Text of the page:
In Chehayed’s talk about the body in Syrian art, one of the most problematic works of art that stirred discussion about seven years ago was noticeably absent.
The work was part of the exhibition “Naked” by artist Youssef Abdul Laki. Abdul Laki was present in the books exhibiting other art pieces, which drove questions as to why this work was absent.
Chehayed explains that Abdul Laki “is strongly present in the book of destructiveness” in the chapter devoted to him on the idea of “the tied fish.” He adds, “from analyzing this painting, the book became an extremely tragic concept and is compared to another concept known as the eccentric martyr.”
Chehayed adds that “on the one hand, in this analysis, a reference is made to the painting of the bird and the knife, and on the other hand, to the subject of martyrs and the paintings of the martyr.”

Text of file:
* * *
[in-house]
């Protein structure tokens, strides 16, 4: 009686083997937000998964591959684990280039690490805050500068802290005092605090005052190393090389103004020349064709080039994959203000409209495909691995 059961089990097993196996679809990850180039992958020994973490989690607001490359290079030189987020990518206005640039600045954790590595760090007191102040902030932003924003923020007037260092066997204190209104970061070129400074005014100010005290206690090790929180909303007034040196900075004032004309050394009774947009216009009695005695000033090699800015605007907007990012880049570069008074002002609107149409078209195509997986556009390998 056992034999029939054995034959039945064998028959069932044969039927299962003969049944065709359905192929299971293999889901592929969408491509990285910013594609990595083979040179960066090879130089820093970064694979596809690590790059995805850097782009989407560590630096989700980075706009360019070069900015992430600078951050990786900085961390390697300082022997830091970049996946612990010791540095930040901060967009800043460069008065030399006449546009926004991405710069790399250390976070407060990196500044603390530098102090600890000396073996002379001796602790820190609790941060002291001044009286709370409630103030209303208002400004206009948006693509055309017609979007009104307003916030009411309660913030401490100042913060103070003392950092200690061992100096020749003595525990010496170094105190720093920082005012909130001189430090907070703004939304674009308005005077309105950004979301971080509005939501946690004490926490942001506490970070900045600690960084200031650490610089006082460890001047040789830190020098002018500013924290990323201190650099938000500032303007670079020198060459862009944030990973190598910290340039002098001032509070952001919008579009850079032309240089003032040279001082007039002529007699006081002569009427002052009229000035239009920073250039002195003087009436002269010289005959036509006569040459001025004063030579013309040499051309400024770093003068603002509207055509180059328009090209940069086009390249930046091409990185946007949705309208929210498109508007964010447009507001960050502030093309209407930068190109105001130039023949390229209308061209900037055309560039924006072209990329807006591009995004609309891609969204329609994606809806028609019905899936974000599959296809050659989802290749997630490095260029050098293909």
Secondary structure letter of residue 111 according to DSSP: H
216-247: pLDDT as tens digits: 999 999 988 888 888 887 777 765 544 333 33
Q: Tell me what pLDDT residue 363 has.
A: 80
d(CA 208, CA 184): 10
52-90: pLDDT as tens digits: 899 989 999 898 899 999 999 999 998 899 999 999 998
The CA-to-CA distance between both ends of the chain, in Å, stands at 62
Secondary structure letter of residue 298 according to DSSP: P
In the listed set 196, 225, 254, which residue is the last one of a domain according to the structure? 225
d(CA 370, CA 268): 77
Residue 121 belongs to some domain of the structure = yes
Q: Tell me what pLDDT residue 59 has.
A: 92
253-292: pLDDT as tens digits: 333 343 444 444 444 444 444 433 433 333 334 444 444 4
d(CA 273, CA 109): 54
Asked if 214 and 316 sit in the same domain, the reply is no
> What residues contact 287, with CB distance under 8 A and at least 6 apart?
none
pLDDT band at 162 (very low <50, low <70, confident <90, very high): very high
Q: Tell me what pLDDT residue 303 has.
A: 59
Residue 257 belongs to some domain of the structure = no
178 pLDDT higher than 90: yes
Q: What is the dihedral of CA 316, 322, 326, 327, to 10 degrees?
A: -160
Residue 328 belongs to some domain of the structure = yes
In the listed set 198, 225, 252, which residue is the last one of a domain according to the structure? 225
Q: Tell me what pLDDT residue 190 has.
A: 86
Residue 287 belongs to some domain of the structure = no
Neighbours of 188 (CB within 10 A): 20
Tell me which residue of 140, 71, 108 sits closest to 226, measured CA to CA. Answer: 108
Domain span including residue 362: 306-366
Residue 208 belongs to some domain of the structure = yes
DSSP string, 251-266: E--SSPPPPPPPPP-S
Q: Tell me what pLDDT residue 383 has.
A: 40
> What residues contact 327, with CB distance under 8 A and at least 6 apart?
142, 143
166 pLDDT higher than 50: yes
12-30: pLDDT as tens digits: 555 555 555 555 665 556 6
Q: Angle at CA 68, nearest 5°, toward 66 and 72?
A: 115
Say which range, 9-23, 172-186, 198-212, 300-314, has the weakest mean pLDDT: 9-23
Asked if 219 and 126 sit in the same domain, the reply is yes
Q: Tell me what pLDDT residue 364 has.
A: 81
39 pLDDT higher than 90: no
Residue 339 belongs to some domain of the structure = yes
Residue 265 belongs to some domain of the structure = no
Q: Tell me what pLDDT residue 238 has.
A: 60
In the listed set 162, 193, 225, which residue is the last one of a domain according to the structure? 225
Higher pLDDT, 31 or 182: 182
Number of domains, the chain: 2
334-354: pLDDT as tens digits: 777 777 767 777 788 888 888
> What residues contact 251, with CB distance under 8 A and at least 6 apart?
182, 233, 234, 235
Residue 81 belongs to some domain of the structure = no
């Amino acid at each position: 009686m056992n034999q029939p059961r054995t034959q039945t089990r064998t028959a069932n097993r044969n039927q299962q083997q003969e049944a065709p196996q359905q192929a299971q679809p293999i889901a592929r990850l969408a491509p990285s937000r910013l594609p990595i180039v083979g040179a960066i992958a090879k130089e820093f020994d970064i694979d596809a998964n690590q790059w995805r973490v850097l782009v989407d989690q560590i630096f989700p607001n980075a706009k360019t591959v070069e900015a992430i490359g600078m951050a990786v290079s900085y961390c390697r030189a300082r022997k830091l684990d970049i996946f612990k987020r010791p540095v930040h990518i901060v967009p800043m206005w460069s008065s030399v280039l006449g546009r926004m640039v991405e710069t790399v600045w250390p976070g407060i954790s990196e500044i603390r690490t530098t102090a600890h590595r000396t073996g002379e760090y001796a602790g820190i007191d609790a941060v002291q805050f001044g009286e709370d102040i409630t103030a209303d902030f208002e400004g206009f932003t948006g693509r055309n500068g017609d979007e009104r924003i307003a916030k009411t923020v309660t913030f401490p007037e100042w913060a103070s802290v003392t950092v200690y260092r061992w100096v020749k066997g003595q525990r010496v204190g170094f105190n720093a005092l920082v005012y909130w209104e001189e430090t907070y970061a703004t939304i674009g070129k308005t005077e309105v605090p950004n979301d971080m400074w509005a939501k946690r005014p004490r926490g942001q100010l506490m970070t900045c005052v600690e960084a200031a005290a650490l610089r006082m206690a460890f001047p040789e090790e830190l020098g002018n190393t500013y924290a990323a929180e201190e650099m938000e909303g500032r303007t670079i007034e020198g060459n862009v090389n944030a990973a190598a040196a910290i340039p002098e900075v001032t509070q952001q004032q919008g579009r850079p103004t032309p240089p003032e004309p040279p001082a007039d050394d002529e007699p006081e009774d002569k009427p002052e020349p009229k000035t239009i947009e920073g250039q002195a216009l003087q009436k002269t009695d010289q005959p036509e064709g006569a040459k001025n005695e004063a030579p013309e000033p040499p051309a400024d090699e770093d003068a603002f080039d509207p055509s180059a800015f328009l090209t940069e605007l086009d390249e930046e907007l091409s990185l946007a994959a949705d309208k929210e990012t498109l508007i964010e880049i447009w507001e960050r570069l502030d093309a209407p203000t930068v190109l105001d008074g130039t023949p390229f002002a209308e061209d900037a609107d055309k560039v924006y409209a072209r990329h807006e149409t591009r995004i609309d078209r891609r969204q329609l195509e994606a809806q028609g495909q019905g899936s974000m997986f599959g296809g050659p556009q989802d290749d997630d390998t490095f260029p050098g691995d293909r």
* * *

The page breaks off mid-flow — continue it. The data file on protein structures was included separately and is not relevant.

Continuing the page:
Chehayed explains that the reason behind not including the project “Naked” in the book was the lack of its connection with “first, the subject of destruction, and second the books not being a study of the works of Abdul Laki.” He further explains that “the book’s logic was to select 11 works, analyze them from a philosophical perspective, and to approach the aesthetic deviations that they tried to formulate. As a result, it eventually attempts to formulate conceptual deviations to identify 11 works that speak to the Syrian reality today.”
He continues by saying that Abdul Baki is present elsewehre, “first, through the cover of his painting without explaining or talking about anything, but it was explained a little in the book ‘Destructiveness in form’. Second, he appears in the article of the late Hassan Abbas (1955-2021), as he mentions a little about Youssef’s work on the epic body and the dead body, and talks about the martyr’s project in this context. And finally he appears in Alaa Al-Rashidi’s article, which also mentions the martyr’s project where he divides them into three ways he handled the martyr’s body, and Youssef is one of them.”